Culinology
Al Behrman  /  AP file
Danny Bungenstock makes quiche in a culinology class at Cincinnati State University July 7 in Cincinnati. Universities and colleges around the country have begun offering degree programs that blend food science and technology with the culinary arts.
updated 8/17/2005 5:54:52 PM ET 2005-08-17T21:54:52

Kevin McCarthy already knows how to cook a mean steak. Now he’s learning the science behind what makes a steak so tasty.

At 24 and after seven years of experience, McCarthy is going back to school to get a degree in culinology — an area of study that blends the science and technology of food production and preservation with the culinary artistry used by chefs.

McCarthy first learned cooking techniques at Cincinnati State University. Now at the University of Cincinnati, he’s taking chemistry classes, studying the biology of foods and learning how foods react at the molecular level when cooked.

“I was a cook for a few years before I started school, but I think this culinology degree will open a lot of doors,” said McCarthy, who is gaining experience at Givaudan Flavors Corp. in Cincinnati in a cooperative agreement.

New flavors and products
Changing technology and the demand for tastier, safer and more nutritious foods are driving the culinology trend. Many in the food industry predict it will result in new flavors and products that reach consumers faster.

“It should help jump-start product development,” said Harry Crane, executive chef and culinary manager at Kraft Foodservice, a division of Kraft Foods North America Inc. in suburban Chicago. “The traditional way of developing products such as lines of salad dressings has been to hire chefs to create the dressings and then have food scientists figure out how to manufacture them in large quantities.”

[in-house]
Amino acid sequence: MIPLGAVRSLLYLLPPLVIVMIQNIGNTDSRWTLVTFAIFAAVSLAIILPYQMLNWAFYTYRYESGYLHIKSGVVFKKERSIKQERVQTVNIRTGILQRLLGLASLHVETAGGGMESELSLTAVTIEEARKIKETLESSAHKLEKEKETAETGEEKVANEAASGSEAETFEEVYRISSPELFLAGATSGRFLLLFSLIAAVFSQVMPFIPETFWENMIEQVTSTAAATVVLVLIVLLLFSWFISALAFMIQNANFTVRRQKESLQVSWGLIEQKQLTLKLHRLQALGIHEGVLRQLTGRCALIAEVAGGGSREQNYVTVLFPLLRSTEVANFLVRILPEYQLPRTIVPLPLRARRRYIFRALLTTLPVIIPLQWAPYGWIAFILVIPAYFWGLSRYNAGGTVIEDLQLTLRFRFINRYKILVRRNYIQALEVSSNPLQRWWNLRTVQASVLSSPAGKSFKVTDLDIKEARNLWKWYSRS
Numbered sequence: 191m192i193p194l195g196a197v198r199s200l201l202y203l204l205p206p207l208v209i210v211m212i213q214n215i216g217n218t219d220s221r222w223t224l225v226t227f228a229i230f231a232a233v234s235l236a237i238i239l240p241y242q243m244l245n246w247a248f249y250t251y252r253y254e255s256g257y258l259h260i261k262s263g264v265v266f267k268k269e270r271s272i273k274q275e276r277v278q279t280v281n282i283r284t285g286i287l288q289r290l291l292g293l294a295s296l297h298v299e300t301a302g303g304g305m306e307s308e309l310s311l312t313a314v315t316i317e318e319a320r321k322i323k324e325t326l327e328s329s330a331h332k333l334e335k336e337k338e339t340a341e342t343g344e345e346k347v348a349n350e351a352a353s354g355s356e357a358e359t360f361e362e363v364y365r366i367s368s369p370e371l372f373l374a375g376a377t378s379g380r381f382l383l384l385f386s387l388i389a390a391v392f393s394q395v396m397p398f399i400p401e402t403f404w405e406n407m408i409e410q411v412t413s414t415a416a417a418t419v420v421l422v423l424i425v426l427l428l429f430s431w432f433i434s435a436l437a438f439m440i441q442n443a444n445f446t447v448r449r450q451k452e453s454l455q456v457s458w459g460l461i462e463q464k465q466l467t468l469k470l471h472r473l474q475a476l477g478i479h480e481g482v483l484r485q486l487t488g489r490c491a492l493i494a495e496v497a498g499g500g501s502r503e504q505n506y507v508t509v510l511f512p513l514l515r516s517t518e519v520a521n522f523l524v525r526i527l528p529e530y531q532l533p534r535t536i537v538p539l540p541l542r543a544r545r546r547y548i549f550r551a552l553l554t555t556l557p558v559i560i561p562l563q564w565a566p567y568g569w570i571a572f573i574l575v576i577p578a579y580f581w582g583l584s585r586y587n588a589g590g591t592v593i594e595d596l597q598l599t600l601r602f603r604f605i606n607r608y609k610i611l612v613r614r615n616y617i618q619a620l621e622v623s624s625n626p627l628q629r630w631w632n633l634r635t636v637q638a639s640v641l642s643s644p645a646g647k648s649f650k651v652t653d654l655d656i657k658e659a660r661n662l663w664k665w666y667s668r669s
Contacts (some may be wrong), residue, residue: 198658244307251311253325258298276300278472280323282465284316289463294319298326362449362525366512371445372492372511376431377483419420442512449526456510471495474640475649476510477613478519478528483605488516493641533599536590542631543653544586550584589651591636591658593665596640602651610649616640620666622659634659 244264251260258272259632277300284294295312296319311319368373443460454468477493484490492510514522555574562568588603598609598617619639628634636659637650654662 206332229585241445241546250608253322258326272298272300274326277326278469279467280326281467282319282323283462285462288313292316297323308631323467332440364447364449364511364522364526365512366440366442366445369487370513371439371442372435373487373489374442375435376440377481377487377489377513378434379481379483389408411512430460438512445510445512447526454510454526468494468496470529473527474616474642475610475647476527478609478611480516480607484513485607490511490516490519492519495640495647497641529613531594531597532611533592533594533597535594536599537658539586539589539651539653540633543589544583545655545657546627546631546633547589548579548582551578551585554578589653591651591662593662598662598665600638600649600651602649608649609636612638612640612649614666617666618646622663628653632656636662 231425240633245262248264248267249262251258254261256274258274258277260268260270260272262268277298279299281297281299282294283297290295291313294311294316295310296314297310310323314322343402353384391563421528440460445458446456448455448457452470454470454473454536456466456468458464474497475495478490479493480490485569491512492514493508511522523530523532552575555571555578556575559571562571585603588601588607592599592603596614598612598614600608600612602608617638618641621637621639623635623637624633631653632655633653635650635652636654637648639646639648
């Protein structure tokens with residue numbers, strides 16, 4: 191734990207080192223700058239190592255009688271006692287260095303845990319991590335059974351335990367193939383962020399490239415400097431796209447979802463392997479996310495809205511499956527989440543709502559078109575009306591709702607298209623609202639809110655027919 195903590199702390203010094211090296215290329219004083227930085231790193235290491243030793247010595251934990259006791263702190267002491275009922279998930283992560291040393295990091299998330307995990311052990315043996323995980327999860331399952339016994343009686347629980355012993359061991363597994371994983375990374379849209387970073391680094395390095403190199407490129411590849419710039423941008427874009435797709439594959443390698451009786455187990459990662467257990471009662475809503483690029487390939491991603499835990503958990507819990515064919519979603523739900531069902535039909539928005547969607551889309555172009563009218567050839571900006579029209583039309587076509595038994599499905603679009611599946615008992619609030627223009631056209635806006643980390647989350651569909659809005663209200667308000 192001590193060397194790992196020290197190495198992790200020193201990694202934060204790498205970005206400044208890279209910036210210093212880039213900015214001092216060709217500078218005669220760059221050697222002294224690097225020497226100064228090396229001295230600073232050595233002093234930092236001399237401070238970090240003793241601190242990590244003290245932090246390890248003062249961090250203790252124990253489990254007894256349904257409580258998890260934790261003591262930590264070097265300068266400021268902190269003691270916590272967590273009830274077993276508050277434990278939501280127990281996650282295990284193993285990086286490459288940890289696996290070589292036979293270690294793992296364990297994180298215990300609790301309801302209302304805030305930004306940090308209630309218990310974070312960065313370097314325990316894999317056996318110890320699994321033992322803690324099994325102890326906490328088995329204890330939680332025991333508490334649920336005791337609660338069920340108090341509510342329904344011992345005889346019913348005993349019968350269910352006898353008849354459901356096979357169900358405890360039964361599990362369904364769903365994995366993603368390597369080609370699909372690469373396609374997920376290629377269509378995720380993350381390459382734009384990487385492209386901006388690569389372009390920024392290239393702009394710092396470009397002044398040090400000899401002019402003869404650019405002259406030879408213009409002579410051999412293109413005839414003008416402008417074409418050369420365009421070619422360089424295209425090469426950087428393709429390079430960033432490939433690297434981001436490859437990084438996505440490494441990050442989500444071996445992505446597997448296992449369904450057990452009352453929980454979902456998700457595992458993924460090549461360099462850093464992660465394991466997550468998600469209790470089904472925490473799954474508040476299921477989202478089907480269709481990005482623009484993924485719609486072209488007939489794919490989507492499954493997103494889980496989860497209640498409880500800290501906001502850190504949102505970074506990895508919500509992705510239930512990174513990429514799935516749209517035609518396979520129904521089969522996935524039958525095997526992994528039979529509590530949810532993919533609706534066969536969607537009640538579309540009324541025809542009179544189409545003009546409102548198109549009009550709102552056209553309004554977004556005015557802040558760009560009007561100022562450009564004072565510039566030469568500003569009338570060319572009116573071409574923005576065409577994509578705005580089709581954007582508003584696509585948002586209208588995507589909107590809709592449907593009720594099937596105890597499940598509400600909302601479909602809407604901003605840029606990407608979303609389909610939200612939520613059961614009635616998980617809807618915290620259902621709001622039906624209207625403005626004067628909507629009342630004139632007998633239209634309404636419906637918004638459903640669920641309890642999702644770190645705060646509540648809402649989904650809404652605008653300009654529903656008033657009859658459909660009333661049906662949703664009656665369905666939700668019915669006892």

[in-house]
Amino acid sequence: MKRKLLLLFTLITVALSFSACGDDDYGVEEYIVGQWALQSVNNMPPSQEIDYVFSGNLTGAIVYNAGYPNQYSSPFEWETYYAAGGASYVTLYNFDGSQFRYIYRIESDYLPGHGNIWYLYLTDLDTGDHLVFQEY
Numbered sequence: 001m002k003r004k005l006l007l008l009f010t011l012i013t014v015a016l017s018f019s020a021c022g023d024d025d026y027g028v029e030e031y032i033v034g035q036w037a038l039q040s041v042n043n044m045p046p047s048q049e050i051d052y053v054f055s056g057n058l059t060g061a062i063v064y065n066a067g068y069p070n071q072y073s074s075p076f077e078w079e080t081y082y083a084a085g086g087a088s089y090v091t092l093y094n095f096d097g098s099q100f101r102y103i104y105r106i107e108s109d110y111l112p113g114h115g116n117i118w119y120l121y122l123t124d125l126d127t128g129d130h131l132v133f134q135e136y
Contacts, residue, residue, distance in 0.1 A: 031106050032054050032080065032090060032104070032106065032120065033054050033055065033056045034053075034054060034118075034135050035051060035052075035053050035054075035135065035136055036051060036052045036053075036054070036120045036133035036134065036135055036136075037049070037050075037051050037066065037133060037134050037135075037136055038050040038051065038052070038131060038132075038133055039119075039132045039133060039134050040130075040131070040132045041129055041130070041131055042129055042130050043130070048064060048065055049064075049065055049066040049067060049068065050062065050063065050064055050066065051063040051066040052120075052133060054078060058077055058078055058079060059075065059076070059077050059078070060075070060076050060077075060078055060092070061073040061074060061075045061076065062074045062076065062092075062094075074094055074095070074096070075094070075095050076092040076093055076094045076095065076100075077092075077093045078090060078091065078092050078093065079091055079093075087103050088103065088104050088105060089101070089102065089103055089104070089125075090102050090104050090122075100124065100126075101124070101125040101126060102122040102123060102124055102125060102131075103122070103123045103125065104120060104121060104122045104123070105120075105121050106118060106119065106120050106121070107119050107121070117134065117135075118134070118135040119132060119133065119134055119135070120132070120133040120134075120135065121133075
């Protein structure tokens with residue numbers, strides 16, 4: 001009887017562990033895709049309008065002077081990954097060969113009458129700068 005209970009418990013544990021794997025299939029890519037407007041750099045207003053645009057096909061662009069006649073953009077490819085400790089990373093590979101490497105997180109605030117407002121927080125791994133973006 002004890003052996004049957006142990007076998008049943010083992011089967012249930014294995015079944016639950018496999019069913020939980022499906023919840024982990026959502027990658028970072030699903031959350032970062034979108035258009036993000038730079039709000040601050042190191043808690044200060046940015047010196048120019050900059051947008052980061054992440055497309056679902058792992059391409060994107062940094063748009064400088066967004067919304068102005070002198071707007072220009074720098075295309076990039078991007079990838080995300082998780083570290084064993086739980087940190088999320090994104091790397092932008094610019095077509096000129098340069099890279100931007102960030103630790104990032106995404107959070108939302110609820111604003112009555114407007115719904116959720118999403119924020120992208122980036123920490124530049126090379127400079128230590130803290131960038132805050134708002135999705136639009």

Culinologists will be able to understand both parts of the process and cut the time needed to develop products and get them to consumers more quickly, Crane said.

“Culinologists will have the ability to help the food industry find more efficient and economical ways of manufacturing convenient, shelf-stable foods that actually have the look and taste of food served in a restaurant,” said Jeff Cousminer, of the Research Chefs Association.

At Clemson University, food science traditionally attracted student-scientists. The addition of a culinology degree is drawing liberal arts students strong on creativity.

“Once those students learn the basic science and chemistry of food and gain the necessary culinary skills, they will be the ones to come up with the creative products and flavors that consumers will love,” said Johnny McGregor, chairman of Clemson’s food science department.

A Clemson team of mostly culinology students won a $10,000 prize for Jala~Mango, a multi-use sauce, marinade and glaze that blends Mexican and Asian flavors in a sweet-sour base. The competition was sponsored by Danisco, a Denmark-based food company.

“I think as more culinologists get out in the field, we will see more new flavor combinations like that,” McGregor said.

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